Whenever a part had been painted, Herb stripped it bare, and repainted it. He even took the leaves of his springs apart, doused them with paint remover, and scrubbed them with a wire brush. The only major hitch in restoring the Model T came the day Herb was happily preparing to start his newly assembled engine for the first time. He discovered a length of copper tubing lying on his workbench, and a hasty check against the disassembled engine of the $25 Ford, still laid out nearby, showed it to be the crankcase oil tube. There was nothing to do, but partly take down the new engine, install the tube, and put it all back together again-a five hour job.
When Herb had the engine mounted on the chassis, he taught himself to drive the car by practicing in the family driveway. All this while, he had been worrying about the body. How was he ever going to make that sad hulk look spruce again? Then occurred on of those extraordinary pieces of luck that occasionally mark the course of all collecting. A buddy of Herb’s mentioned that he had heard of a man by the name of Morris Chamberlain, up in Chester, NJ, who had a brand-new Model T body in his barn. Herb grabbed up his girl and dashed to Chester that same evening.
Herb Has to Talk Fast
Chamberlain turned out to be a former Ford parts dealer who had hoarded bits, and pieces of outmoded machinery, and equipment and was reluctant to part with any of them. It took all of Herb’s abundant charm to get Chamberlain to admit that he even owned a Model T body. It was for a 1923 coupe. Part of the original crating was still on it. The paint was cracked and faded in places where the suns of 27 years had managed to reach it, but the upholstery, floor mat, back-window curtain, and the windows themselves were in perfect condition. Up to this point, Chamberlain had repeatedly said that the car body was not for sale. But Herb, standing within reach of what at the moment seemed to him the most desire- able object in the world, argued appealingly enough to get it, for the original list price-$100. Herb soon found that the white-metal rollers in the window-casing mechanisms were cracked, but he machined new ones out of steel no his lathe.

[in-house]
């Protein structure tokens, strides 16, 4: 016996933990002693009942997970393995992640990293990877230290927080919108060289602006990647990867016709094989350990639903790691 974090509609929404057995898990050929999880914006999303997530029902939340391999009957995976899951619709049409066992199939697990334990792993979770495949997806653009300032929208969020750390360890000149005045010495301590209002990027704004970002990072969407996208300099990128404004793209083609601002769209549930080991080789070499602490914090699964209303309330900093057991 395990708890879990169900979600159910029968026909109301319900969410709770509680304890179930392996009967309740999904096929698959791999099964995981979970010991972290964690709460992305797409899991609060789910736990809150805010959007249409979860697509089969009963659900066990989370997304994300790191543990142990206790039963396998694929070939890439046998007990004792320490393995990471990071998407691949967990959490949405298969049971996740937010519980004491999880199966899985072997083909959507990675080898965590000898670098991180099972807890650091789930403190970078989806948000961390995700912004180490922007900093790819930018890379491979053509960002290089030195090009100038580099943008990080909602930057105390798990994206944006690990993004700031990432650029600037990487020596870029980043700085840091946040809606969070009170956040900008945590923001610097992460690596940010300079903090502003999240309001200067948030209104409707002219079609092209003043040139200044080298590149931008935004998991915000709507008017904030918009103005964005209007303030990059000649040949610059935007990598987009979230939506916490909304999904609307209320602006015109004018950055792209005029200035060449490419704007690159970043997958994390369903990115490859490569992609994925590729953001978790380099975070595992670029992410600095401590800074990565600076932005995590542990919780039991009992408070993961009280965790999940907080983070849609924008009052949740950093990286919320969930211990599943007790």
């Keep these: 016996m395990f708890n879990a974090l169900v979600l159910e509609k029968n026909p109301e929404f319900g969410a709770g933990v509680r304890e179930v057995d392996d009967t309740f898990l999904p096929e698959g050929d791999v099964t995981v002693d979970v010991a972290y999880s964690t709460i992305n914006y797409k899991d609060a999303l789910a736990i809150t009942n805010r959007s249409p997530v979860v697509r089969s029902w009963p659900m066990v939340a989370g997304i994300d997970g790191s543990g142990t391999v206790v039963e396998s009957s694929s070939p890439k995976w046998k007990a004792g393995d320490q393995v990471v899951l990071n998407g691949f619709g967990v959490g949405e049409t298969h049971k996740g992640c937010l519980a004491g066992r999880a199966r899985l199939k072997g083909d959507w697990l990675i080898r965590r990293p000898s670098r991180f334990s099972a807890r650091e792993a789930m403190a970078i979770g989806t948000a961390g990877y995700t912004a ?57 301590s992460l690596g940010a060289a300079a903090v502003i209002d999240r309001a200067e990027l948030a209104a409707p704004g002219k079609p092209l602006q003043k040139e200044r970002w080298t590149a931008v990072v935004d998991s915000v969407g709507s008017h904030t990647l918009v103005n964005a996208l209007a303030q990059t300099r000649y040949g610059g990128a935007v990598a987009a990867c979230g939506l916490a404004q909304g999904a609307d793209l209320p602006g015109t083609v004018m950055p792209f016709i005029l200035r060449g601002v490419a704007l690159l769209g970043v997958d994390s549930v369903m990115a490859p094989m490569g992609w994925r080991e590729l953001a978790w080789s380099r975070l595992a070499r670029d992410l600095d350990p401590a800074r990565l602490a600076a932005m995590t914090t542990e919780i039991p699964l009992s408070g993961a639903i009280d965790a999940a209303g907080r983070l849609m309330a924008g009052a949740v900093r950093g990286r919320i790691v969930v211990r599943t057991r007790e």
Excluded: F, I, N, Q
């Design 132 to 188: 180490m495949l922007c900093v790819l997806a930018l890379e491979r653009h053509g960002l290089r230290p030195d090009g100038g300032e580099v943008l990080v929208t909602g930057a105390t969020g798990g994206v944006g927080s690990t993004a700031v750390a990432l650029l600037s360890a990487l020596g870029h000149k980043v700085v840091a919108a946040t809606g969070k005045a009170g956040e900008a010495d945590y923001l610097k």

Red Wheels Aren’t Authentic
Repainting the body, which was first stripped to its bare meal, was a major undertaking. Herb spent $100 for pain, paint remover, Glass Wax, and other liquids to bring it to a glow. With a paint sprayer, he applied 10 coats of primer, sanding three times before he started putting on 20 coats of black lacquer. The sanding was continued, and the final coat was hand-rubbed until it glistened. Herb’s final touch was to paint the rims and spokes of the wheels red to give the black body a pepping up. After he had become a member of the Antique Automobile Club of America _ He is now director of it’s New Jersey division _ He drove one day to a meet in his shining model T. Other members laughed at his wheels. “They should be either black or natural,” they said, “if you want this car to be really authentic.” Embarrassed at his mistake, He did them over, and now they are the color of fine honey. When the Model T was finished, it had cost Herb $675, including the price of the two beat-up cars he started with. I asked him how much time he and his father had spent on it.